Although it is desirable to have the point of contact on the ball 56 coincide with the pitch point on each of the adjacent gear tooth surfaces of the master gear, it is not essential that it contact the tooth precisely at that point. It is possible to calibrate the length of the setting gauge required for any given application in which the pitch radii are known. In FIGURE 5 the master gear is mounted for rotation about a center 58. The part gear is mounted for rotation about the center 60 which also corresponds to the center of the adapter.

The distance between the center lines 58 and 60 is equal to the sum of the pitch radii. This, of course, equals the operational pitch diameter of the part to be checked plus the operational pitch diameter of the master rolling gear divided by two. To this value is added the diameter of the ball 56, which is held to close tolerances and is of known value. From this quantity is subtracted the mean radial pin measurement of the master rolling gear. This dimension can be held to 1.0002 of an inch and is of known value. This quantity is indicated by the reference numeral 62.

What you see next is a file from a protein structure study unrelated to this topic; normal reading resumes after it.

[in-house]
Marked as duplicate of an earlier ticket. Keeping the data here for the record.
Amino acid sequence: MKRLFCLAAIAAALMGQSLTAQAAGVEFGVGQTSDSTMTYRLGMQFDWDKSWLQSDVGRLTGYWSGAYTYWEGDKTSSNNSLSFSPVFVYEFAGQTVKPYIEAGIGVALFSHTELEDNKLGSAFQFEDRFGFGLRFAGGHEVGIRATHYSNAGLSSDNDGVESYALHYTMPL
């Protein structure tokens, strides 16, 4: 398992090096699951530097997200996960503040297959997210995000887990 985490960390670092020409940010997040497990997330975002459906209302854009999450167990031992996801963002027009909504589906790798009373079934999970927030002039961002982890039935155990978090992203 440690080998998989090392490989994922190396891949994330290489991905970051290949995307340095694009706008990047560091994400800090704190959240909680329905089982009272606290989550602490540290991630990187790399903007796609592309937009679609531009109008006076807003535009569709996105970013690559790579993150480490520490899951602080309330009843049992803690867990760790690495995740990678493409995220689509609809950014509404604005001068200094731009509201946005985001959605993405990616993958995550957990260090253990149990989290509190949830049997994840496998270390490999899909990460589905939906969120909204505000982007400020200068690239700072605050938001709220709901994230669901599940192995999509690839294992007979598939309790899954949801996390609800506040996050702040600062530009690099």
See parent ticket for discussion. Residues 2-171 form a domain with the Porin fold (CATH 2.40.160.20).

If the master gear diameter is smaller than that illustrated in FIGURES 2 and 3, it will be necessary to provide a setting gauge of greater radial extent.

Shown in FIGURES 2 and 3 in phantom lines is the retracted position of the arbor 34 and the setting gauge. The reference characters used in the phantom portions of FIGURES 2 and 3 designate the same parts shown in full lines, although prime notations have been added.

By employing my improved rolling gear fixture checking method, I increase the accuracy of the checking method and reduced the cost of the inspection procedure.

It is possible, of course, to interchange the master rolling gear and the gauge or interchange the master rolling gear and the part gear. The same checking procedures can be employed regardless of the relative positions.

Having thus described a preferred form of my invention, what I claim and desire to secure by US. Letters Patent is: